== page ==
How to Act When Your Bylaws are Silent

When a church or other non-profit organization wants to enact a new policy or process, one of the first questions that is frequently asked is, “What do our bylaws say?” While bylaws often provide the answer, bylaws sometimes are completely silent on the topic of the new policy or process.

Organizational bylaws allow churches and other non-profit organizations to carry out their mission on a daily basis. Bylaws provide structure and general direction for the manner in which an organization conducts its daily business. Because bylaws are written to provide a general framework or operational structure within which an organization will operate, however, bylaws do not anticipate all specific situations that may confront an organization.

So what does an organization do when a course of action is proposed that is not addressed in the organization’s bylaws? Two alternatives are commonly favored. First, the organization can implement a policy that is separate from the organizational bylaws. Second, the organization can amend its bylaws to include the new course of action.

Implementing a Policy

Bylaws identify the general powers and duties granted to those empowered to act on behalf of a church or organization and its members. Bylaws also identify the limits of those powers or duties. Among the powers and duties typically given to those with authority to act on behalf of a church or organization is the authority to implement policies, as needed, to advance the organization that are consistent with its goals and mission. Thus, when a situation arises that is not specifically addressed in the organization’s bylaws, those with the power and/or duty to act can write and implement a separate policy – that is not a part of the bylaws – without running afoul of the organization’s bylaws.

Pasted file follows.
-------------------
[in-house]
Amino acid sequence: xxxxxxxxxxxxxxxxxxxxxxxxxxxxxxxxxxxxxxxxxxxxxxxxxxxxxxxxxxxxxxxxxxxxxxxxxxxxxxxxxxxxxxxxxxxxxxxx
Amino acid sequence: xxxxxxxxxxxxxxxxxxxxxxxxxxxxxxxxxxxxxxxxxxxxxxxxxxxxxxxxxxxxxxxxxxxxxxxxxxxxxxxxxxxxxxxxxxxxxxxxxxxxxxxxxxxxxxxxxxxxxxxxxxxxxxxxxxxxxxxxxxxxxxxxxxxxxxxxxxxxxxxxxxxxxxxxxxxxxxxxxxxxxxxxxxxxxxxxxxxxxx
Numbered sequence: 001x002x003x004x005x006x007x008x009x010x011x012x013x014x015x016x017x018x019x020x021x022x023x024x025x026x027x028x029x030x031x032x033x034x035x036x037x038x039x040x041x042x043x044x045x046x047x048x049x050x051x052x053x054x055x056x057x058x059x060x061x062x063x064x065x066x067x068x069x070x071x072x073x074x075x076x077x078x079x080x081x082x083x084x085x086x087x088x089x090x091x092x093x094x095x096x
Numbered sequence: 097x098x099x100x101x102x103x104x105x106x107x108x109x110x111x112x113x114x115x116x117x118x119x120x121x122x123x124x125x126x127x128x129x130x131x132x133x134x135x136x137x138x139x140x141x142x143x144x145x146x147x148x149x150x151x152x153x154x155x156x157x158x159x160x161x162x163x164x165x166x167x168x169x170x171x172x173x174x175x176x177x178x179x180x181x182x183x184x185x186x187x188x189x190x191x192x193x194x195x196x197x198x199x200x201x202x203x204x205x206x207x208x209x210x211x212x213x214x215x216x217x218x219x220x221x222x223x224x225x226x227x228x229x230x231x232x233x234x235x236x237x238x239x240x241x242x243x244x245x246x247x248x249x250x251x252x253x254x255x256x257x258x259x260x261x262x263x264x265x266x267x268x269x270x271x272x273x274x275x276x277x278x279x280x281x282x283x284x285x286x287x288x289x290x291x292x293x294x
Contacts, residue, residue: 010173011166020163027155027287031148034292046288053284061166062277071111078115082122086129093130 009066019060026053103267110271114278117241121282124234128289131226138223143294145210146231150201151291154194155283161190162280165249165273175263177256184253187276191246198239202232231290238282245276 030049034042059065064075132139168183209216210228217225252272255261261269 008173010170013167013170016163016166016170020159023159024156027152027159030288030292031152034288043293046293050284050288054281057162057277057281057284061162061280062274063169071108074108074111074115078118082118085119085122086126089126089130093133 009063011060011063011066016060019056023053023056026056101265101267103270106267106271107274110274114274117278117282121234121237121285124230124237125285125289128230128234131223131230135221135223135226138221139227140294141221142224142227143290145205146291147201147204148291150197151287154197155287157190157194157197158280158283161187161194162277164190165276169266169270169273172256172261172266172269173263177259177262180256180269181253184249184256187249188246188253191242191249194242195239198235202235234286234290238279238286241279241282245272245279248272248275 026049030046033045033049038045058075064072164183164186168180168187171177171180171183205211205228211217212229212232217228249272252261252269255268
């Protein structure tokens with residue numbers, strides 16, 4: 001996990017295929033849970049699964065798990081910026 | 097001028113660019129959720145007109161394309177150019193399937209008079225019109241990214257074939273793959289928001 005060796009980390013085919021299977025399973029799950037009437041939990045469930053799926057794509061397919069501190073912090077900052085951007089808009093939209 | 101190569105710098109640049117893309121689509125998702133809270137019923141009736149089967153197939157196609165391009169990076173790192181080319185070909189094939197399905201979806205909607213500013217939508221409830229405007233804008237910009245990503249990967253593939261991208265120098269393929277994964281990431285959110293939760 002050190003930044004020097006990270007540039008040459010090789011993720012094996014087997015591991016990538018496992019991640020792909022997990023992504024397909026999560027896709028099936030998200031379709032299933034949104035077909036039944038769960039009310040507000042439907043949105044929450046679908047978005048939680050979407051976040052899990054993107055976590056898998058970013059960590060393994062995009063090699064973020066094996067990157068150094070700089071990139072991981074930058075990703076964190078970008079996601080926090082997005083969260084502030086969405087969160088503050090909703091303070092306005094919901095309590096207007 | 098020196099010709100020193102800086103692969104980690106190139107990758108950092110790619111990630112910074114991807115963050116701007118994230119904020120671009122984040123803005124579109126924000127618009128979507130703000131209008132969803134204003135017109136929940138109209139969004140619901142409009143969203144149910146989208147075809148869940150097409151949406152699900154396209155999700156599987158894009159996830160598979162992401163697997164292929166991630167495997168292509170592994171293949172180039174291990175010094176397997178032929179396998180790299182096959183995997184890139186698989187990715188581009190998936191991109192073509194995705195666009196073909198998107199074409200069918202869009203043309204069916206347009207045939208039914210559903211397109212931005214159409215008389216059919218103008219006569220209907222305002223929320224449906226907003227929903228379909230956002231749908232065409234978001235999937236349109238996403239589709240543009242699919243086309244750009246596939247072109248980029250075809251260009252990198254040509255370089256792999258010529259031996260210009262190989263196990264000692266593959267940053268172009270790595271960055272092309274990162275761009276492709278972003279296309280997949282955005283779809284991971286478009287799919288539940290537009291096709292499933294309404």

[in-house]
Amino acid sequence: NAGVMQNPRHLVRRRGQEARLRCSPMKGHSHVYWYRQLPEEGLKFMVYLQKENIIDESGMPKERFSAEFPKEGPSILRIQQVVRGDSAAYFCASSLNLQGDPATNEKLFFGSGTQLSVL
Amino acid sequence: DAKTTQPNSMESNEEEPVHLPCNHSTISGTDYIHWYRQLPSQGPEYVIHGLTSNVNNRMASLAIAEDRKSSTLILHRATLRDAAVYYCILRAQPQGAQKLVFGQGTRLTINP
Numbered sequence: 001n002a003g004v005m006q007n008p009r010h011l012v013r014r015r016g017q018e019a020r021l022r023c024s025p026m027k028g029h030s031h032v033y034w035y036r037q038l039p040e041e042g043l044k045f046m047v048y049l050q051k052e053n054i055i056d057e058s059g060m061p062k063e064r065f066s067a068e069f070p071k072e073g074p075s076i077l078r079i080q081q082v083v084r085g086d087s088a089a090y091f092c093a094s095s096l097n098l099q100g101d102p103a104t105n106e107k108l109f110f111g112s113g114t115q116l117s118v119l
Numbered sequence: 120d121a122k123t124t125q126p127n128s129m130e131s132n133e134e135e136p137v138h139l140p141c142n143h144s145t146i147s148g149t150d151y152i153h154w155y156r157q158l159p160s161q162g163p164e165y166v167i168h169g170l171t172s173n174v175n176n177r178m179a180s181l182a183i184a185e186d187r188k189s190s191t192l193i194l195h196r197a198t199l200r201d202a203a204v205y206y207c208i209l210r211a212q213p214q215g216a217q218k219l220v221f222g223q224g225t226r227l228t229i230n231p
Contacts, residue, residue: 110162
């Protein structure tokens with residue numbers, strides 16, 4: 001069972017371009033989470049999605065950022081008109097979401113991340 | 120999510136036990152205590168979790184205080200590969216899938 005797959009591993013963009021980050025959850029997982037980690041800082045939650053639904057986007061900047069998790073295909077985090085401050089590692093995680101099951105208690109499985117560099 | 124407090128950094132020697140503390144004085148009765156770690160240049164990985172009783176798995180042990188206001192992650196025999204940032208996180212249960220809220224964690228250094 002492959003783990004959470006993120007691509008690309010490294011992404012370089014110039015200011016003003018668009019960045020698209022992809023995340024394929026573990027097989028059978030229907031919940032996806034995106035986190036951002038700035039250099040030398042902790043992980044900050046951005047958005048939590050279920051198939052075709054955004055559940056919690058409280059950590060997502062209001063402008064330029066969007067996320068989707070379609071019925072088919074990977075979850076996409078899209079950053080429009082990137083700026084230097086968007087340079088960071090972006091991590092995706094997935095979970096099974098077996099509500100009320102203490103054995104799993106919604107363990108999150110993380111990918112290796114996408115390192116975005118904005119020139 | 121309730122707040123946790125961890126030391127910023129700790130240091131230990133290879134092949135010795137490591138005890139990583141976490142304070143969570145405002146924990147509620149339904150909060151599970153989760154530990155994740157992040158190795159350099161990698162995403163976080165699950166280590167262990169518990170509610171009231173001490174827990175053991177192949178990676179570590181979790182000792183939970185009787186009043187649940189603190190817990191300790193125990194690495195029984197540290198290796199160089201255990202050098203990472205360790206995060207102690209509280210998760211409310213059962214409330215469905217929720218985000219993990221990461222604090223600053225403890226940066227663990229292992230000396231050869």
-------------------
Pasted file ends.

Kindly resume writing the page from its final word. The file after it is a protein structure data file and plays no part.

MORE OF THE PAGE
Amending the Bylaws

The alternative to implementing a policy, of course, is to amend the organization’s bylaws. Bylaws typically provide for the manner in which they can be amended. The simplicity or difficulty of amending your organization’s bylaws may necessarily dictate whether you implement a policy or amend the bylaws. Some bylaws contain complex requirements for making changes, while other bylaws make it remarkably easy for an organization to amend its bylaws. If your organization chooses to amend its bylaws, make sure that all required steps are followed. If these steps are not followed, the amended bylaws will likely be void, as if the bylaws were never amended.

Related Post: The Implications of Violating your Bylaws

This post was provided by Hallisey Law & Mediation.  You can contact Wade Hallisey at 469.238.0100 or wade@halliseylaw.com